By Ashley Benkarski
NASHVILLE, TN — Dr. Steven Lewis, himself a lifelong musician, is the founding curator of the National Museum of African American Music.
He studied jazz sax at Florida State University and comparative studies in music at the University of Virginia before spending two years at the Smithsonian African American Museum.
“Nobody has ever built a museum like this before,” he said. “It’s the first in the world to provide a thorough and comprehensive history of African American music.”
NMAAM allows visitors to gain a deeper understanding of the impact African Americans have on music and American culture at large through an immersive and interactive experience.
While specifically celebrating African American music and culture, “this music we’re celebrating is one of the defining components of music itself,” he said.
“We have been really thrilled at the response from the public and the support we’ve gotten with our patrons,” Lewis said. “To get to tell the story finally after years of hard work, it’s kind of surreal to be able to welcome people in.”
NMAAM takes a comprehensive approach to emphasizing the presence of social justice in music. “The use of music in activism in African American culture really goes back to the earliest days of the African American experience.”
Music is political and functional, Lewis remarked, and that’s evident in African American music’s accompaniment to dance and facilitation of the rhythm of work. The Fisk Jubilee Singers cemented Nashville’s reputation as Music City when they performed a capella Negro spirituals for Queen Victoria.
“Music is an integral part of everyday life. At the same time you have music’s continuing role as accompaniment to protest,” Lewis explained.
For example, Nina Simone employed a blend of styles in the service of an activist mission, Lewis remarked. A 1939 edition of “Strange Fruit” is on display in NMAAM’s gallery.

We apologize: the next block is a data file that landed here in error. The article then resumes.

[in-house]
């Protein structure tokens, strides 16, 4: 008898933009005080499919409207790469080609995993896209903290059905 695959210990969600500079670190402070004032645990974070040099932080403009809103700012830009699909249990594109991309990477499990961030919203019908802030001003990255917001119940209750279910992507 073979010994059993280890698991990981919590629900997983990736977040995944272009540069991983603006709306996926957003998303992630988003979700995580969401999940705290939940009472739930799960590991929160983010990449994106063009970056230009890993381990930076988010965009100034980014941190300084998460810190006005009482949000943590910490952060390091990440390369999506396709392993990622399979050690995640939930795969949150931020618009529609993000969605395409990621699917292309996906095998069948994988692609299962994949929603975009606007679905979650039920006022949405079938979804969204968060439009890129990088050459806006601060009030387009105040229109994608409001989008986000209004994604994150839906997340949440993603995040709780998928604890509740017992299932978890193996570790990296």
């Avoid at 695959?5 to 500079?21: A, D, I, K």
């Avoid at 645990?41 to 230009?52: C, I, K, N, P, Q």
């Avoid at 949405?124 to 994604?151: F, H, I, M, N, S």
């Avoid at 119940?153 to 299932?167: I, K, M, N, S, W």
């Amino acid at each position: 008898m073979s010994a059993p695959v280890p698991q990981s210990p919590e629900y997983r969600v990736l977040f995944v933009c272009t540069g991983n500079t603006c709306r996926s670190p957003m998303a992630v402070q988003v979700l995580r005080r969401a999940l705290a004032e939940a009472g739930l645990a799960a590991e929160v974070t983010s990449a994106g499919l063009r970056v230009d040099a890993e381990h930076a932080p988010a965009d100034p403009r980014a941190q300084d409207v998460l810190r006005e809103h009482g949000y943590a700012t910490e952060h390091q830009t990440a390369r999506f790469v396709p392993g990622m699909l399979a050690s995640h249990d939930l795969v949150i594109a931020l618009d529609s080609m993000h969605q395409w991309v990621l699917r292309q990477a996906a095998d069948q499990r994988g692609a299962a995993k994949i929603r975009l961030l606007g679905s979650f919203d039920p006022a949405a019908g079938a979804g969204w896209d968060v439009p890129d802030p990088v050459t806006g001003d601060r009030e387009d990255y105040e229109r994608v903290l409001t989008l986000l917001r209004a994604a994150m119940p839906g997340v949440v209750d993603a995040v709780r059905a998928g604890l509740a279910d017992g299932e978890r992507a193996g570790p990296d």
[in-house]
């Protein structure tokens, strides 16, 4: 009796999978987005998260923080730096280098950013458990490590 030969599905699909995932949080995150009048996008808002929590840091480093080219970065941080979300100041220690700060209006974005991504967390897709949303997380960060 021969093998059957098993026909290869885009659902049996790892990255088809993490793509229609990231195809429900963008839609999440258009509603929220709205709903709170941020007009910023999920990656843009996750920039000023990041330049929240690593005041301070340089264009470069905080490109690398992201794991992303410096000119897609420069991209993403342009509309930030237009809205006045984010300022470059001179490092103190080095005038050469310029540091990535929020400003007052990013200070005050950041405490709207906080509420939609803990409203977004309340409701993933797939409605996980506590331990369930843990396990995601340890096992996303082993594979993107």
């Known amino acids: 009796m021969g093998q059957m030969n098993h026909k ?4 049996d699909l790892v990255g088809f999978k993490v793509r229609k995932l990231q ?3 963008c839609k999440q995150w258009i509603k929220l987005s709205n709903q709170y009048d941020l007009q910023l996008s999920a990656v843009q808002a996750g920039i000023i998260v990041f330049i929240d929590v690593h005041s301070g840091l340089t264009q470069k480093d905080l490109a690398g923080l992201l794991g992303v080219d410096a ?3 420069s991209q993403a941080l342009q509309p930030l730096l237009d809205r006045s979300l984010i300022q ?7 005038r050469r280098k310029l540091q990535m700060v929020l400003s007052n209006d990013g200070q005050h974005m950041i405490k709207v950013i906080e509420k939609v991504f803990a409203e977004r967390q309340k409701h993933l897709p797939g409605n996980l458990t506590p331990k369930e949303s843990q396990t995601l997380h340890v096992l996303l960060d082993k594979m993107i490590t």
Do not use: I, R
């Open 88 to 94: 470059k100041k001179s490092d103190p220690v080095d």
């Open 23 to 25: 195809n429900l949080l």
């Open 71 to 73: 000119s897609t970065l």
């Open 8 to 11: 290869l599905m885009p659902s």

“If you follow that thread you’ll find a tradition of music as an amplification of protest that is almost as old as the African American culture itself,” he said. “There’s a lot of music that comes out explicitly as a commentary on recent events and then history.”
“[We] see the effects of the protests happening today reverberating in the music,” Lewis continued. “The fabric of everyday life as well as movements throughout the years are reflected in the music, an artistic accompaniment to protest.”
From the music borne of the suffering of the enslaved to the righteous cries for justice of the Civil Rights Movement and now to the Black Lives Matter Movement, American history is at the heart and the lifeblood of music flows in and out, he remarked.
The art of young jazz saxophonist Immanuel Wilkins embodies those cries for justice, he continued, by synthesizing that history into interesting and powerful works such as “Mary Turner” and “Ferguson,” two tracks in his American Tradition suite on his debut album.
“None of this stuff is new,” Lewis said. “We may be talking about it more, but the more you learn about the history the more you can see that the music has served its purpose. The more you learn about African American music history and its connection with American identity, you see we are much more alike than we are different. We can see just how far back our shared culture roots go … and that we share many of the same cultural traditions.”
For now, work on the Fisk Jubilee Singers temporary exhibition, NMAAM’s first, continues along with the museum’s commitment to representing the history that starts here and travels the world.
“Within the Nashville context we broke a barrier and increased the representation in the most tourist-centered part of town,” Lewis said. “I hope when someone comes to Nashville they will not be able to leave without having a celebration of African American music, culture, and American history.”